Minimum Mortality: A Predictor of Future Progress?

By Jacques Vallin, France Meslé, Emily Divinagracia


This analysis is not an attempt to estimate a biological limit of human longevity beyond which no human being can live but rather, in a much more pragmatic and modest fashion, to measure the life expectancy at birth of a population enjoying the lowest age- and cause-specific death rates in the world at a given time. By repeating the same calculations for different periods, we can also see how this life expectancy changes over time. This was done systematically for each year from 1950.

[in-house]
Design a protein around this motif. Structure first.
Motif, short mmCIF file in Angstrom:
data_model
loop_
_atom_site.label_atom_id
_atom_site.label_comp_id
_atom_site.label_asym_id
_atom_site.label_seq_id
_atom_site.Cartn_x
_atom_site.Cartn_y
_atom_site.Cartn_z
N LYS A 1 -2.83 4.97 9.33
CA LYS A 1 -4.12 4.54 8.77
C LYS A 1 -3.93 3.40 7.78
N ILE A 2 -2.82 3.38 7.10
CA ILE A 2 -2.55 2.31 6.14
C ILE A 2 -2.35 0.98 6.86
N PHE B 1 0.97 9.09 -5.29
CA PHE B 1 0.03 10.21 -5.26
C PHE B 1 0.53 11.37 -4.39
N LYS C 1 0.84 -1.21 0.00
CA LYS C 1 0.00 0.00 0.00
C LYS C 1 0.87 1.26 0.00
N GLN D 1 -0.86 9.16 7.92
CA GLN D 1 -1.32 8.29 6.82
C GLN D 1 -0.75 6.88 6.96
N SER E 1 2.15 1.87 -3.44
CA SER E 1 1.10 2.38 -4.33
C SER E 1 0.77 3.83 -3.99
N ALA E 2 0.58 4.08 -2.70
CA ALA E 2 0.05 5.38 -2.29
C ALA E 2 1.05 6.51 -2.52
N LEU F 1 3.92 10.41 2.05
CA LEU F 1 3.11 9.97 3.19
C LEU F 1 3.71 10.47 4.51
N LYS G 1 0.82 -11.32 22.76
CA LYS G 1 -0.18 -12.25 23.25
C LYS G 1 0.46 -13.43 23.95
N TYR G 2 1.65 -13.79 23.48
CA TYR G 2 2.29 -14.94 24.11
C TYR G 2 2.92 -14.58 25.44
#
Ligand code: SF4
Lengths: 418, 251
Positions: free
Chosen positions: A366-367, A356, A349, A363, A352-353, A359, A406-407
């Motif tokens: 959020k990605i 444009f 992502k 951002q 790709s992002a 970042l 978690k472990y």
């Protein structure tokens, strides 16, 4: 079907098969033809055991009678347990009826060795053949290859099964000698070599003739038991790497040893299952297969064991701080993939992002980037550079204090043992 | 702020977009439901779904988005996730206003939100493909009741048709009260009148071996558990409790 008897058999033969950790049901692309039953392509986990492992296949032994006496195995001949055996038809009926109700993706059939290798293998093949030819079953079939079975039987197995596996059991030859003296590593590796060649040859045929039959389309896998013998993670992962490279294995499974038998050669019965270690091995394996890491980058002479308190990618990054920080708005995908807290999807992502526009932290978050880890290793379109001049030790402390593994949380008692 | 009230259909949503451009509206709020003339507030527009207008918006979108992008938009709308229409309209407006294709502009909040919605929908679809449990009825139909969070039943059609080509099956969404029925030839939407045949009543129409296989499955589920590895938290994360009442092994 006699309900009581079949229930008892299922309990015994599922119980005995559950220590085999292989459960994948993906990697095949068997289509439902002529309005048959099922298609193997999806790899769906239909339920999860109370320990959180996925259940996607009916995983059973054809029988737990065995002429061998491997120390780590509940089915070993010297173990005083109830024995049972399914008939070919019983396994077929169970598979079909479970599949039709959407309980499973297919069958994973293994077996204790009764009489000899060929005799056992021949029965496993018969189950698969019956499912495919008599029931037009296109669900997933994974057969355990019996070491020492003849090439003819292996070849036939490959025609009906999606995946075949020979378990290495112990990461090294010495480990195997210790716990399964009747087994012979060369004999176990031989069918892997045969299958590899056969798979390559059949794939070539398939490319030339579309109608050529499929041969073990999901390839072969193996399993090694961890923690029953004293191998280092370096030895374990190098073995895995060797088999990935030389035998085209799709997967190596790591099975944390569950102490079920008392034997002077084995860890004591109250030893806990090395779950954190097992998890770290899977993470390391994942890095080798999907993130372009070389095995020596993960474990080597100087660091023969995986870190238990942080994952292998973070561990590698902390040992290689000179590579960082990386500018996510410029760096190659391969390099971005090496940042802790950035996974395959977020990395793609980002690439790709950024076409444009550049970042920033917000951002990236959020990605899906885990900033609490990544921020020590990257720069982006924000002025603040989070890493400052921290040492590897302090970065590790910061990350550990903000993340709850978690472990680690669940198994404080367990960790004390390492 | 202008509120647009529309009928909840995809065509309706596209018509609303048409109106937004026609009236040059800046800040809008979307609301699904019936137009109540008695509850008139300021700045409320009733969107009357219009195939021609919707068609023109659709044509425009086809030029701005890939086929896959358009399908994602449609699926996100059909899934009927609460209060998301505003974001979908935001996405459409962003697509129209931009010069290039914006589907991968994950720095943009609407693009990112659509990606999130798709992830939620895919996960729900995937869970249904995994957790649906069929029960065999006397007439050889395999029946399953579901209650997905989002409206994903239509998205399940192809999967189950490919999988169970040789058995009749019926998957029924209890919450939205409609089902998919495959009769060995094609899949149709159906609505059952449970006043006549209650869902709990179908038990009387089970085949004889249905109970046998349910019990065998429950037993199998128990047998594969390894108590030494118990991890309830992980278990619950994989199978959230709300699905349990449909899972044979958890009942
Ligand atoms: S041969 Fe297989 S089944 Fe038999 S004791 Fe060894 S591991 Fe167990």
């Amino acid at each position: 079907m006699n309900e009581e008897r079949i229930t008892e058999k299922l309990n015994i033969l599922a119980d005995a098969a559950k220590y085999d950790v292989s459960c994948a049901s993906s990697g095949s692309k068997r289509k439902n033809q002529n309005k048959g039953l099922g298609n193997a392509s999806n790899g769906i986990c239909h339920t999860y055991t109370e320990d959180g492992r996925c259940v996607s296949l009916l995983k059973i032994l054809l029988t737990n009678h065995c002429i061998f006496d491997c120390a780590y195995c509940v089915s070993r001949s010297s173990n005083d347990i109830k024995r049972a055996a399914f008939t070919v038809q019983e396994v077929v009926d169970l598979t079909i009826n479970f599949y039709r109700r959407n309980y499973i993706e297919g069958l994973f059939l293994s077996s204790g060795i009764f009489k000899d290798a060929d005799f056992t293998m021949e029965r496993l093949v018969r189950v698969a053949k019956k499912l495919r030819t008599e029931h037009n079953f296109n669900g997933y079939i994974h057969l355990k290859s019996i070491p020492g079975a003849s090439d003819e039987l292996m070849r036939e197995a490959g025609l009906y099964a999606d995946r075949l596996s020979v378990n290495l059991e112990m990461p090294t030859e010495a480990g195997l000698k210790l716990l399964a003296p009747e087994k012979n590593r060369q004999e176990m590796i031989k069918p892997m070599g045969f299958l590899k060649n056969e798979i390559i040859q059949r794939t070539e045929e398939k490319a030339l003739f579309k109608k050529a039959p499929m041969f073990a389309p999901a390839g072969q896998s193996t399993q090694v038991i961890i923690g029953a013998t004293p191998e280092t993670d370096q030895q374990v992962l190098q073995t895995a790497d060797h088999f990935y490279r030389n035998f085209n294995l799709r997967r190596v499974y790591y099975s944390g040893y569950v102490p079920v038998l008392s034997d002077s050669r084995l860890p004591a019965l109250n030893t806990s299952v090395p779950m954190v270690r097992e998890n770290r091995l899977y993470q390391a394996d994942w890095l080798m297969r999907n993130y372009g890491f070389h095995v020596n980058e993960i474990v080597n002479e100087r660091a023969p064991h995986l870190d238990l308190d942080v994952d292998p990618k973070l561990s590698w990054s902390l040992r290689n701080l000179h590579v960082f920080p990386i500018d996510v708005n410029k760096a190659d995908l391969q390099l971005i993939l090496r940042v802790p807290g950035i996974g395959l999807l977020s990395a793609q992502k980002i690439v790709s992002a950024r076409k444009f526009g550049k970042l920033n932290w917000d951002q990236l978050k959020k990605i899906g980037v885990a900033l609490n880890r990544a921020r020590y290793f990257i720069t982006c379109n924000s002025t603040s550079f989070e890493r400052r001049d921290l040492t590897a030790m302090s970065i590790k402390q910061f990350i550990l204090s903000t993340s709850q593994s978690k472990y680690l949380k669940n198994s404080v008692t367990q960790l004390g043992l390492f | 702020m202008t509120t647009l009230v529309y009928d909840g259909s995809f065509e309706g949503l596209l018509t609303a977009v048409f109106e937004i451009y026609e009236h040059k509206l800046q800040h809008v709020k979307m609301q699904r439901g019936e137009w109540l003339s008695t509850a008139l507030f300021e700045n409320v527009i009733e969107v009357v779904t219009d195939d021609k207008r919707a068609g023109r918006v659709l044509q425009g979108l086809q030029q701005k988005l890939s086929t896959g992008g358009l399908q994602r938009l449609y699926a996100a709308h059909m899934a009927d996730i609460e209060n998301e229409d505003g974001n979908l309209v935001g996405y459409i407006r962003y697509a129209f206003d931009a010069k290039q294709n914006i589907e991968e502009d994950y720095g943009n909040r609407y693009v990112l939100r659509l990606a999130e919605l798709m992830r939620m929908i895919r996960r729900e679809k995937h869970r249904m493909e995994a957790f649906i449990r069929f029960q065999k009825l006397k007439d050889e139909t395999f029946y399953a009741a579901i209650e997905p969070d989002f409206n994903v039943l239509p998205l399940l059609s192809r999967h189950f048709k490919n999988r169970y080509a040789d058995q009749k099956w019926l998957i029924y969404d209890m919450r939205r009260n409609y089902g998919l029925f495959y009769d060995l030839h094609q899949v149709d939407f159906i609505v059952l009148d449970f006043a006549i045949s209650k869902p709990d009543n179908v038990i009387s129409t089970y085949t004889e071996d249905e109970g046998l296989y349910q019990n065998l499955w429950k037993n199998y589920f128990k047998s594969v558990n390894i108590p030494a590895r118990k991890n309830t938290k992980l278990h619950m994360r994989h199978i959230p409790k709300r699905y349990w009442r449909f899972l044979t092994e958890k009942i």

We have reached two major conclusions. First, the ideal life expectancy that emerges from such calculations has not stopped increasing for the past 50 years, and has risen at a sustained pace, similar to that of the best life expectancy actually observed. In addition, the suspicions of implausibility that such an indicator may initially arouse prove unfounded when we realize that the ideal level reflecting the conditions of a given year is reached, and even largely exceeded at times, by almost all advanced countries 25 years on, among women at least.

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